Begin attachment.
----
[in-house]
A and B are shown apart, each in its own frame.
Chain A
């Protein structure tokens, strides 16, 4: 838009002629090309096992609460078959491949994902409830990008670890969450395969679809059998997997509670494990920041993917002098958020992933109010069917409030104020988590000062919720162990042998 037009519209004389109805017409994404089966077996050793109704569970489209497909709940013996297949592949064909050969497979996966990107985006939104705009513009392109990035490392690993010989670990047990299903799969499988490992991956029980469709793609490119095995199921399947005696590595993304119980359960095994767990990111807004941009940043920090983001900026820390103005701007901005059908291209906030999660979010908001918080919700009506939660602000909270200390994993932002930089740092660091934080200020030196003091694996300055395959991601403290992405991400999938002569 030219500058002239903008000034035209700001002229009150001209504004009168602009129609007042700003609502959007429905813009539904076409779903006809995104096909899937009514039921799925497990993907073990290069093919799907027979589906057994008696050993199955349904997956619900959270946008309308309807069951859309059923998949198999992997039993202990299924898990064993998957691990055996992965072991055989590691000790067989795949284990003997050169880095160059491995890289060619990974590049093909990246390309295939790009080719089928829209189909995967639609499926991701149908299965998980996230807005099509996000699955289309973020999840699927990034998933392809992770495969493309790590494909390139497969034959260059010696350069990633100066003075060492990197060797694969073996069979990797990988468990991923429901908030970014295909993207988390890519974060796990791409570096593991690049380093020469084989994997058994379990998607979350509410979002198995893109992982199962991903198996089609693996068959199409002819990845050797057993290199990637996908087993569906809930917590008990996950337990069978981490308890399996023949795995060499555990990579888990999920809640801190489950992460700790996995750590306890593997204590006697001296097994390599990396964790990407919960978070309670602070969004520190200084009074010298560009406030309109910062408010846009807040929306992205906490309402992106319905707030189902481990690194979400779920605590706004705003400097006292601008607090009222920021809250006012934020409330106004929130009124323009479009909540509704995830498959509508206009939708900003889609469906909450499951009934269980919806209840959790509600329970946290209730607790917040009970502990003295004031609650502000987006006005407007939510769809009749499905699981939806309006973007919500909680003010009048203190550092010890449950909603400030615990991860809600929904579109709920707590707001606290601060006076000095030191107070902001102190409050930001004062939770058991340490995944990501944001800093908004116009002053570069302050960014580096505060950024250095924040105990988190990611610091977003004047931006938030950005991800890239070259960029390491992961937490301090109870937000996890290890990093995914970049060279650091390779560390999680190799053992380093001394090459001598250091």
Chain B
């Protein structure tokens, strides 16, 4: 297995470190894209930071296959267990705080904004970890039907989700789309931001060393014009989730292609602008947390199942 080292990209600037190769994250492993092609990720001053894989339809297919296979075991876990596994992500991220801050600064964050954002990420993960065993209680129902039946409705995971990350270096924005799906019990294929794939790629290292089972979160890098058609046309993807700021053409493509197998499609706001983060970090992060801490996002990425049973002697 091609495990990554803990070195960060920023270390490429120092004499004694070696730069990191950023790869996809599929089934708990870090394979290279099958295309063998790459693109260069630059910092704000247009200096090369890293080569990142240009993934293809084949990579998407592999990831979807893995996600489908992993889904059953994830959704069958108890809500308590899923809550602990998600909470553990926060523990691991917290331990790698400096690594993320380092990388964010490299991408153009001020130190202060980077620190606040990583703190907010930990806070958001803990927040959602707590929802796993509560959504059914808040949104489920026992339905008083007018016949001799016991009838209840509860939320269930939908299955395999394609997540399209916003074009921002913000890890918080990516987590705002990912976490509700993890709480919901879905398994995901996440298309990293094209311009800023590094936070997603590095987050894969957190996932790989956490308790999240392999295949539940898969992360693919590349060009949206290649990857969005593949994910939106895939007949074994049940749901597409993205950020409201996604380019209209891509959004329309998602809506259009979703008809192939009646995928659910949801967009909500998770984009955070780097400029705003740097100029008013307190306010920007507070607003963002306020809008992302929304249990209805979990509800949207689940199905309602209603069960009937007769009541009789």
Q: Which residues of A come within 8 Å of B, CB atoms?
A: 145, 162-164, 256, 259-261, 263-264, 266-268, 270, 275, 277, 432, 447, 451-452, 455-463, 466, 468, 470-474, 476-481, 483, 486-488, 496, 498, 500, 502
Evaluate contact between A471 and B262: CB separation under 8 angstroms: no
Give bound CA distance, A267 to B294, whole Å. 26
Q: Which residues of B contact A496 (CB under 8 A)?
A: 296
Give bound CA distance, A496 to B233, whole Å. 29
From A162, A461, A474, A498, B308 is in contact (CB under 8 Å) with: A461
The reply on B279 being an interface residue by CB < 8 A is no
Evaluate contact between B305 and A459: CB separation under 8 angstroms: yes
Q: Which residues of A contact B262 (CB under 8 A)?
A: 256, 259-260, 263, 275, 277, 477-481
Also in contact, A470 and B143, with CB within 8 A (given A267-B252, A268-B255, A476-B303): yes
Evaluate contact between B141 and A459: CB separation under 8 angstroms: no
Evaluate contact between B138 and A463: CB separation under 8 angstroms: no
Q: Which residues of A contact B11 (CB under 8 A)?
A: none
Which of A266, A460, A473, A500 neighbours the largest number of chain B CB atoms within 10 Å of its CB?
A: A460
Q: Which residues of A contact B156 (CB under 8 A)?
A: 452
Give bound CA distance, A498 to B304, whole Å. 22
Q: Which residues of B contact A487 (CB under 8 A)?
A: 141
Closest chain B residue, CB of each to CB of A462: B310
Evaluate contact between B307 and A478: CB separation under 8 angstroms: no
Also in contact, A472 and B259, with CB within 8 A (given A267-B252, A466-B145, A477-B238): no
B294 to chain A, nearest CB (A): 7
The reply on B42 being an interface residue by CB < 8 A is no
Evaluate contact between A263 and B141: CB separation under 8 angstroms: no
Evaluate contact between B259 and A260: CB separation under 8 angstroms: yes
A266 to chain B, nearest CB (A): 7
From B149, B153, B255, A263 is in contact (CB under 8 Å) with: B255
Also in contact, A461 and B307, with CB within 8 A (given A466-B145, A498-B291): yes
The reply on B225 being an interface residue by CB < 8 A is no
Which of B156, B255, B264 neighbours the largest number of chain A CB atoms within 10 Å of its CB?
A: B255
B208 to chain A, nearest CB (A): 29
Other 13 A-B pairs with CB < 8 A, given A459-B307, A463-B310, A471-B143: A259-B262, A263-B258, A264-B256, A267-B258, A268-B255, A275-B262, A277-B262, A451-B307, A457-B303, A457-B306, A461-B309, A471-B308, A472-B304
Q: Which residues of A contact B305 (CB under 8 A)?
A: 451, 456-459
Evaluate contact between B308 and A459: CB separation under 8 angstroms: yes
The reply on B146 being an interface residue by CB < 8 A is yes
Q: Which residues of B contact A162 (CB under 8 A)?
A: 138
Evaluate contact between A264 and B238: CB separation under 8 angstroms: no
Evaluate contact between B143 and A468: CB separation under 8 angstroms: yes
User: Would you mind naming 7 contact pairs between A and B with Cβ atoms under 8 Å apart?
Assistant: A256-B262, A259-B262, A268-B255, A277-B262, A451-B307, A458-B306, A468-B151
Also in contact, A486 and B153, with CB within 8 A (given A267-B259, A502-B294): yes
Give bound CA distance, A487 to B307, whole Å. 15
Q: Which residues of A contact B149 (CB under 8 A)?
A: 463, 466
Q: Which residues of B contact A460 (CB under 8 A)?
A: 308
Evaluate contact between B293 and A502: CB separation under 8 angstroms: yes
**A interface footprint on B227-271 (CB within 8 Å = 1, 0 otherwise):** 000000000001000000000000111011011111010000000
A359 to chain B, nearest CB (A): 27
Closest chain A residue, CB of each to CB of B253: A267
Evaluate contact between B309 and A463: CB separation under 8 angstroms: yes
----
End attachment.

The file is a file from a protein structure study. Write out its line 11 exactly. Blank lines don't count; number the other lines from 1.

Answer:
Q: Which residues of B contact A496 (CB under 8 A)?